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Why new Waze feature will keep Google Maps miles ahead of rivals

August 20, 2013|By Salvador Rodriguez
  • By adding user-reported data from Waze, above, Google Maps is staying miles ahead of its competition.
By adding user-reported data from Waze, above, Google Maps is staying miles… (Waze )

When Google bought Waze, it wasn't just buying a startup -- it was also buying a highly engaged community of users willing to provide real-time traffic information.

And that community is key to Google's effort to stave off rival mapping apps, namely Apple Maps.

Google on Tuesday announced that iPhone and Android users of Google Maps would now begin seeing live traffic reports posted by Waze users. That means that when Waze users indicate construction, heavy traffic, or a car accident on the road, the report will show up on both the Waze and Google Maps apps.

That's great news for Google Maps users, who now have more real-time information to help them get to their destination more quickly. And it's bad news for Apple Maps and any other challengers to Google Maps.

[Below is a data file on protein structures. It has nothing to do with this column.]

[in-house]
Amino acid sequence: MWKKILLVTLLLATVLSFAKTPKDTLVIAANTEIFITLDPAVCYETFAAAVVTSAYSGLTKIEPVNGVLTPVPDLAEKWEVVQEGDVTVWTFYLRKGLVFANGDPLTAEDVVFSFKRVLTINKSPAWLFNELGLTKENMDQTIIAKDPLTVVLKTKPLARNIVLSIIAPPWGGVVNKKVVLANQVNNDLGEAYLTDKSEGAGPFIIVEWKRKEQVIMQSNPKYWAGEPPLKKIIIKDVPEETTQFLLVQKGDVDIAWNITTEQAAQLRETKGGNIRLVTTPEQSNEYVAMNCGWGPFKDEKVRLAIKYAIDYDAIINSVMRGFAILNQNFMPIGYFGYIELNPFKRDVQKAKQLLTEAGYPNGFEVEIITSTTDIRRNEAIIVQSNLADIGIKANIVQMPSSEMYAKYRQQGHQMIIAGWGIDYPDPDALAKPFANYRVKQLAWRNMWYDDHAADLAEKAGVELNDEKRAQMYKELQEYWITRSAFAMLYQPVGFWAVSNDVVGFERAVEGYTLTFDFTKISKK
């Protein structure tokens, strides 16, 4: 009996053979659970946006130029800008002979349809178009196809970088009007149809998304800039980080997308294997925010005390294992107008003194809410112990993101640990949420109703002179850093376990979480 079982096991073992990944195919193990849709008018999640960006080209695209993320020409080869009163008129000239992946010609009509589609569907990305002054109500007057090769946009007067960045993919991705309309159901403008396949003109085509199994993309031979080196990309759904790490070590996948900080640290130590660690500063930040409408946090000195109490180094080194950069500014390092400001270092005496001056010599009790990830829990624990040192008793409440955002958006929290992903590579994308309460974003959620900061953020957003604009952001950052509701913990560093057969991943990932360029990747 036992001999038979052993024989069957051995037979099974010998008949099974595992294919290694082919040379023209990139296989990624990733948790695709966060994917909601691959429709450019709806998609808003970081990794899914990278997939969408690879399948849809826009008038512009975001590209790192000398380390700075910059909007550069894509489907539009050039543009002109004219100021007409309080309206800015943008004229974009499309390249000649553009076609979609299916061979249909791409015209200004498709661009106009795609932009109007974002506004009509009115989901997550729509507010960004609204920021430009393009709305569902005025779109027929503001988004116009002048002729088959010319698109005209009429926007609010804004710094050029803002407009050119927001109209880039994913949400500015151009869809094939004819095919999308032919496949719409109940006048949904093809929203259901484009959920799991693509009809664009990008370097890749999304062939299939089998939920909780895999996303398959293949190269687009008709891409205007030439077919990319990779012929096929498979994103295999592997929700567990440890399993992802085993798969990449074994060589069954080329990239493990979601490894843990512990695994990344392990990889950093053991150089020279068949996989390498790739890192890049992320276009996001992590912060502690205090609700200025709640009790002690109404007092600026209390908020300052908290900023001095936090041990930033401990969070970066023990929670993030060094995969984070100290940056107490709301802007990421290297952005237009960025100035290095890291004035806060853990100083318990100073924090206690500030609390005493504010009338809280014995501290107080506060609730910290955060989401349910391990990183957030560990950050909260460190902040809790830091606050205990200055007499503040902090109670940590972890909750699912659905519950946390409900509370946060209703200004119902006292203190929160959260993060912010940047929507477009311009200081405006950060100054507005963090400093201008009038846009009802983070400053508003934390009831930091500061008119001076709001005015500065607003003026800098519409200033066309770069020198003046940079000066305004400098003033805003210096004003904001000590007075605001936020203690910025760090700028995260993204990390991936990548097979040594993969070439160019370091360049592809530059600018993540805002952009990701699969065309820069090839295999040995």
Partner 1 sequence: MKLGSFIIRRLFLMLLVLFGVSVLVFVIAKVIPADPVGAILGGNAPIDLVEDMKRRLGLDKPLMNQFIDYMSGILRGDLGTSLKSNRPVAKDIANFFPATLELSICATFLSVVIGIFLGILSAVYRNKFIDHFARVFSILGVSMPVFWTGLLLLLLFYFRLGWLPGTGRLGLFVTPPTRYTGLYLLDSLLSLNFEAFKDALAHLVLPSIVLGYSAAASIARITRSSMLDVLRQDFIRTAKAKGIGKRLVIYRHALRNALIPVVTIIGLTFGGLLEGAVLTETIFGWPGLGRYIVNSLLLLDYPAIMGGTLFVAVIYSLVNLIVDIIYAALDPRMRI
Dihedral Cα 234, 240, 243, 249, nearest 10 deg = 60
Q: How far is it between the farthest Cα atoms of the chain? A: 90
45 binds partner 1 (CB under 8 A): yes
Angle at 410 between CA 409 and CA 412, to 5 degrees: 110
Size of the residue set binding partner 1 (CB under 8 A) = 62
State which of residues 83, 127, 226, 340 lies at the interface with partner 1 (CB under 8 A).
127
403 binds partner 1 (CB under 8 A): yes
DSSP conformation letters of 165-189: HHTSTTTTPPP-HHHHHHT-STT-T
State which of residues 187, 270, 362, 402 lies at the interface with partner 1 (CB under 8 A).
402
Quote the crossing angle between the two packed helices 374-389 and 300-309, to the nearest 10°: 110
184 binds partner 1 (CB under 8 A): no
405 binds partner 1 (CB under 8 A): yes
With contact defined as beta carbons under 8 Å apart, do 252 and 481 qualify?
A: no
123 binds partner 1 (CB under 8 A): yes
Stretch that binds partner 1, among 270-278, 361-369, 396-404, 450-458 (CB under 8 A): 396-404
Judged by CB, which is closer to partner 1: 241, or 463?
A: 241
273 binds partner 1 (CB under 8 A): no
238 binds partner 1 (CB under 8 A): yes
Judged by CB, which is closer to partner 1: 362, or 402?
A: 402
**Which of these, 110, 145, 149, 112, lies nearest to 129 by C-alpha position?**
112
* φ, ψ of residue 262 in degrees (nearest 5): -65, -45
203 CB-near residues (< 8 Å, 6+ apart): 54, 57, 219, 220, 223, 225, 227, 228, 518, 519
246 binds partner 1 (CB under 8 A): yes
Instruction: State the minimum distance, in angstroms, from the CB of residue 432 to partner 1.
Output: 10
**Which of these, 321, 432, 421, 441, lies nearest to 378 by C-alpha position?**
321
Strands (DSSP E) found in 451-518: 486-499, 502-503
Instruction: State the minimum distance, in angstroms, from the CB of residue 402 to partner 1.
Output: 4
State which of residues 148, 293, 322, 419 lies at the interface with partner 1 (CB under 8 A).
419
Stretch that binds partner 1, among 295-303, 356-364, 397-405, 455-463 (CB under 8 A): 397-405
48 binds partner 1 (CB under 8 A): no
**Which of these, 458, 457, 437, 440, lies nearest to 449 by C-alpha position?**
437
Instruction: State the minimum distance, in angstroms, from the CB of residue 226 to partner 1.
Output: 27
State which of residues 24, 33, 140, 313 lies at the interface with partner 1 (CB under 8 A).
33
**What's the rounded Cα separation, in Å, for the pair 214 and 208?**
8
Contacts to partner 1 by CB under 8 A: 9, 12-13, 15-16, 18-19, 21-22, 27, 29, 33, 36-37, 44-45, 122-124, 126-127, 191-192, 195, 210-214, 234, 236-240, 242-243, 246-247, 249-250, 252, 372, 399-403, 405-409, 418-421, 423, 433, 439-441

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Google Maps is already the leader in the field, but with the addition of the new Waze feature, Google is essentially transforming Google Maps from an online encyclopedia with static information into a navigation Wikipedia, where anyone with valuable knowledge can chime in. Via Waze, anyone can provide Google Maps with instant information about what they're seeing on the road.

When Google bought Waze in June, the app had 50 million users -- many of whom are constantly on the app not only to get directions but also to report things they come across as they drive. Besides traffic, construction and accidents, Waze users can also warn others about stalled cars, speed traps, objects on the road and more.

Until now, Google Maps, like other apps, has provided users with information from incident reports courtesy of traffic reporting services. Apple Maps, for example, shows users when and where there is traffic, but the amount of data found on Apple's service pales in comparison to what drivers can see when using Waze.

And Apple helped put itself in this unfortunate situation.

Although Waze has been around for years, it really gained prominence last September, when Apple released iOS 6 and replaced Google Maps as its default navigation app with Apple Maps. As you may recall, Apple Maps was received terribly and the company ended up apologizing for the app and recommending rival services. Among them was Waze.

Google Maps didn't make its way back onto the iPhone until December, so for nearly three months, Waze was able to reel in iPhone users -- adding to the community that will now be sending information to Google Maps.


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